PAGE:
Everyday AI is about making the use of data almost pedestrian. AI that is so ingrained and intertwined with the workings of the day-to-day that it’s just part of the business (not only being used or developed by one central team).Mehr Erfahren
More than ever, the global health crisis of 2020 has illustrated the need for telecommunications companies to lean into Everyday AI, bringing data science, machine learning, and AI out of the realm of experimentation and into the day-to-day operations of the business. With increased demand, use cases like monitoring network usage, building 360 degree customer knowledge, and ensuring network resiliency are more important than ever, while concerns about customer retention and — like all industries — agility in forecasting come to the forefront.
Orange, one of the largest operators of mobile and internet services in Europe and Africa and a global leader in corporate telecommunication services, has been working to ramp up its efforts in data science and machine learning for the past several years, increasing its capacity to leverage data in all areas of the business. By choosing the right technology and empowering more and more people to work with data (both via hiring and upskilling), Orange has been able to overcome the challenges of being a non-digital native business to improve the overall level of data competency at the organization.
The client services department at Orange has a data science team which, until two years ago, was performing mostly ad-hoc analysis for the business and had limited ability to work on more complex machine learning-based projects. In order to scale out the team and expand their scope, they had to overcome several challenges:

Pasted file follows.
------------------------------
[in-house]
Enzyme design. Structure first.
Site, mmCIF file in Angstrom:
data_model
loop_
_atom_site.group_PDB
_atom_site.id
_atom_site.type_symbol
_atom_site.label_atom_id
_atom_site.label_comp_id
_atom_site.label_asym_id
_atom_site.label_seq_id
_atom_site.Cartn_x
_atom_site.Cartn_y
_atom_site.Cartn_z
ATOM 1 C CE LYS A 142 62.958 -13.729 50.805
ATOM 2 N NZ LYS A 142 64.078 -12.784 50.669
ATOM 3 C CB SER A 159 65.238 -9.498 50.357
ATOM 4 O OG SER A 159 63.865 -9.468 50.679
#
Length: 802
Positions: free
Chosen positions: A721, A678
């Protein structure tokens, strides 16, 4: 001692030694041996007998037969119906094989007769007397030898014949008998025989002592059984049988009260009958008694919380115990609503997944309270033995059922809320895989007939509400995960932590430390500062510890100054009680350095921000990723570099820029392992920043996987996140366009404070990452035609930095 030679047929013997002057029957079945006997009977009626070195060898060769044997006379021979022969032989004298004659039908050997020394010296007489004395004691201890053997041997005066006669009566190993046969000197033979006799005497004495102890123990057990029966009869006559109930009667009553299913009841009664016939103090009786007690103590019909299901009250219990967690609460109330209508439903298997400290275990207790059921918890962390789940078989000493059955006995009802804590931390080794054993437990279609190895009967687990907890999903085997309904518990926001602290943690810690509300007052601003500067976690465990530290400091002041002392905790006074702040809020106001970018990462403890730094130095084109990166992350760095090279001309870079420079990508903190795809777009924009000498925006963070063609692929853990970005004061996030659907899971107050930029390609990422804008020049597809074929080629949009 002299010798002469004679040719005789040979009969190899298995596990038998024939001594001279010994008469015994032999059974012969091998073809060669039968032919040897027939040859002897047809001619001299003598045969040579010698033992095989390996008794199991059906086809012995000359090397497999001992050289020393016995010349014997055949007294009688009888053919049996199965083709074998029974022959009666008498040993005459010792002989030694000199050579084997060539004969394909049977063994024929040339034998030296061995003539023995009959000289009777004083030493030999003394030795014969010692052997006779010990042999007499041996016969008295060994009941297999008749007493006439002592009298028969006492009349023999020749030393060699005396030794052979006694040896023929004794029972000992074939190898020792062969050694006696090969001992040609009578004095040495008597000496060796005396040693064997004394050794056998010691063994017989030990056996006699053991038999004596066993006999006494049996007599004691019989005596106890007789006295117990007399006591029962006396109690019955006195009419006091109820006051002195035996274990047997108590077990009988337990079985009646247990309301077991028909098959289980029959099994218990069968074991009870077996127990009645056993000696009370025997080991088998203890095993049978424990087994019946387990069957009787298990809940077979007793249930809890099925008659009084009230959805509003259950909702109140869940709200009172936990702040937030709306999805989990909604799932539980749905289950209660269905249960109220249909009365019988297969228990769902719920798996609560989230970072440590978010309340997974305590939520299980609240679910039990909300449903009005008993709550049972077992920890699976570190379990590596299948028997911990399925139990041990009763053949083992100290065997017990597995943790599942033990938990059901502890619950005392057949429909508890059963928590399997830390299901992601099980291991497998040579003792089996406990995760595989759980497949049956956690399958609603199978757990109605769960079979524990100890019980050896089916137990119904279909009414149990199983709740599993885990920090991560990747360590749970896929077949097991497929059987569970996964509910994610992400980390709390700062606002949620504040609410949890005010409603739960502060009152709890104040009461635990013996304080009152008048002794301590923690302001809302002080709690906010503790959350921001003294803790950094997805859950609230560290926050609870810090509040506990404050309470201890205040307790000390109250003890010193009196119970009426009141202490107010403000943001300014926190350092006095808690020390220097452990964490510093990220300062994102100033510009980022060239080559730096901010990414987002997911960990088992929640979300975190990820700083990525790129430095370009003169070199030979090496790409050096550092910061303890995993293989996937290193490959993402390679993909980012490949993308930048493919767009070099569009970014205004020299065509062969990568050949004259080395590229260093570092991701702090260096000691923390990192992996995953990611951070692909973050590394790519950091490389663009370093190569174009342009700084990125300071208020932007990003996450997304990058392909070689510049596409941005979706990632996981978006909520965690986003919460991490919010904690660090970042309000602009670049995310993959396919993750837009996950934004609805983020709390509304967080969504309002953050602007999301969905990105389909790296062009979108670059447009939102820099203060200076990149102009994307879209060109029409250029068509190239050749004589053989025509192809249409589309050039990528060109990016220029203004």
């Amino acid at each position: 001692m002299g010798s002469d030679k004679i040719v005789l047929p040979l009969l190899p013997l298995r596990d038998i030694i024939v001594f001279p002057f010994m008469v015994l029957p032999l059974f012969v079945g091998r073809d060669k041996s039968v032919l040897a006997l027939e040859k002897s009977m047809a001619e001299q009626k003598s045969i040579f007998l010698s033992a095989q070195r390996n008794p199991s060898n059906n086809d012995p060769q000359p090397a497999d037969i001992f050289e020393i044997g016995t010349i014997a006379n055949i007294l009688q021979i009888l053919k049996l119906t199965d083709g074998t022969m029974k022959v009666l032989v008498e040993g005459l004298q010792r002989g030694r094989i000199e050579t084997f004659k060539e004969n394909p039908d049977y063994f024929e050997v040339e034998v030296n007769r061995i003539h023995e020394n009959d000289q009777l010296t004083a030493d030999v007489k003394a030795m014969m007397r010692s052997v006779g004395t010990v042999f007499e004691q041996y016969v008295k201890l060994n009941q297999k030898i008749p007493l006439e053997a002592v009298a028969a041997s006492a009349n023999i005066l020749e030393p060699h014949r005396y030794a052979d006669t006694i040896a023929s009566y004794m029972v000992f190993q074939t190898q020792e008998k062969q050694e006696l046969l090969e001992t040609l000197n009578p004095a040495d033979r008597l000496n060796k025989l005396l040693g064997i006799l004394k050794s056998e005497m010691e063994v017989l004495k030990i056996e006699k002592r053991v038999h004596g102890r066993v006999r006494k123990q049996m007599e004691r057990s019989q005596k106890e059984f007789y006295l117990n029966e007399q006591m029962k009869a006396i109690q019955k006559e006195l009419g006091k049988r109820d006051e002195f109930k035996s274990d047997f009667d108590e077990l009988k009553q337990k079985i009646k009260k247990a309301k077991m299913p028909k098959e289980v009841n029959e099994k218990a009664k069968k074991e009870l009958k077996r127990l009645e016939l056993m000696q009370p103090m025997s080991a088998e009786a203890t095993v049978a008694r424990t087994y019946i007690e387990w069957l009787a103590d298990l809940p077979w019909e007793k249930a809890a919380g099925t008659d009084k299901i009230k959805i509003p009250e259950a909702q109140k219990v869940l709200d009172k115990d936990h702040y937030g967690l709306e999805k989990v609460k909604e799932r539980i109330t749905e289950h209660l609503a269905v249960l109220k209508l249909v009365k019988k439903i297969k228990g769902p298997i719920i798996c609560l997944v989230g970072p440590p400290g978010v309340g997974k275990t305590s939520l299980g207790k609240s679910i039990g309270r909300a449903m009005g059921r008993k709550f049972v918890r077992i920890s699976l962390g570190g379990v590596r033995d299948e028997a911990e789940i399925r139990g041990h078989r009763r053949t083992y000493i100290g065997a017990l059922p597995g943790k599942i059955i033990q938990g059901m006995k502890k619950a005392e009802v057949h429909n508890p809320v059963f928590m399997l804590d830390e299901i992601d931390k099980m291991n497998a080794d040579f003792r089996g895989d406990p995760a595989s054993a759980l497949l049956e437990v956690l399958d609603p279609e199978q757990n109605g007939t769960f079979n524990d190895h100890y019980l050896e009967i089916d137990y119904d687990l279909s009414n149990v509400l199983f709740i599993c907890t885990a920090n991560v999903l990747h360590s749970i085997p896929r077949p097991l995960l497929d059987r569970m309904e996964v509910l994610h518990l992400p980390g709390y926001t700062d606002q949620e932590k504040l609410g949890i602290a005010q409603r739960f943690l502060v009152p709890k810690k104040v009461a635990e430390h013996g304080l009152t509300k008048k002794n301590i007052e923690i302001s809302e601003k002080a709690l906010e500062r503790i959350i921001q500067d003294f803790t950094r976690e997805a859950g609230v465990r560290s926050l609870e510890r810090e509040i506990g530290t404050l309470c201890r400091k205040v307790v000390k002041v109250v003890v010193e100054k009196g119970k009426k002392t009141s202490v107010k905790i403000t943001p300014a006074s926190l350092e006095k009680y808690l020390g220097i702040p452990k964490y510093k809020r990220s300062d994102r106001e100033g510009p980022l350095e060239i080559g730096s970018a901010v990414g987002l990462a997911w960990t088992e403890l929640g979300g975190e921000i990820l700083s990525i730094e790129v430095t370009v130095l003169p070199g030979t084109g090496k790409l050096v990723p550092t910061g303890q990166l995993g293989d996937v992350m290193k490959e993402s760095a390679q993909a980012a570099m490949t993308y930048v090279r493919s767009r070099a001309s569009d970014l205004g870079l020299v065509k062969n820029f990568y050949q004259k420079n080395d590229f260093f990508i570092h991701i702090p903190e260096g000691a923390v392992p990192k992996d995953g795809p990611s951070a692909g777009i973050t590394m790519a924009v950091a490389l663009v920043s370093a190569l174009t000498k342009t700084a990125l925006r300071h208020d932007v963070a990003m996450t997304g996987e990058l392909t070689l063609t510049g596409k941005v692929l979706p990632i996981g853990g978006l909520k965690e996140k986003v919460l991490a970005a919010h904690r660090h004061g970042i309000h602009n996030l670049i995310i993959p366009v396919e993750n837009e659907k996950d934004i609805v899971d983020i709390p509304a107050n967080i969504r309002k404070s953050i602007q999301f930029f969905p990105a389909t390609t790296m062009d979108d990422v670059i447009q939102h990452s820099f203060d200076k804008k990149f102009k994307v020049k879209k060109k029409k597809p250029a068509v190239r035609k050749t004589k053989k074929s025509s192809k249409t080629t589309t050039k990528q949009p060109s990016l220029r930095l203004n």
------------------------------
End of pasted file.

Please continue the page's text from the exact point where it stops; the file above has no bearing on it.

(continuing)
- Tooling: Only those who knew the tool and its proprietary language could work with data, which limited the use of data to statisticians or data scientists. Even then, the data was difficult to access,making projects difficult to get off the ground. At the same time, the tool was geared toward BI and wasn’t capable of supporting machine learning-based data projects.
- Hiring: The data team at Orange was struggling to hire talented data scientists fresh out of university and with lots of ambition as well as creative ideas (traits they were seeking to enliven their data science practice). Unfortunately, this was largely a function of the tooling challenge, as young data scientists were largely looking for jobs where they could work with open-source tools (such as Python or R). Anyone they did bring on board had to learn the legacy tool and took months to get up to speed and start being productive.
It’s worth noting that these challenges are not unique to Orange — they likely sound familiar to any telecommunications or even non-digital native business looking to pivot and develop a more robust data practice. How did the data team at Orange overcome them?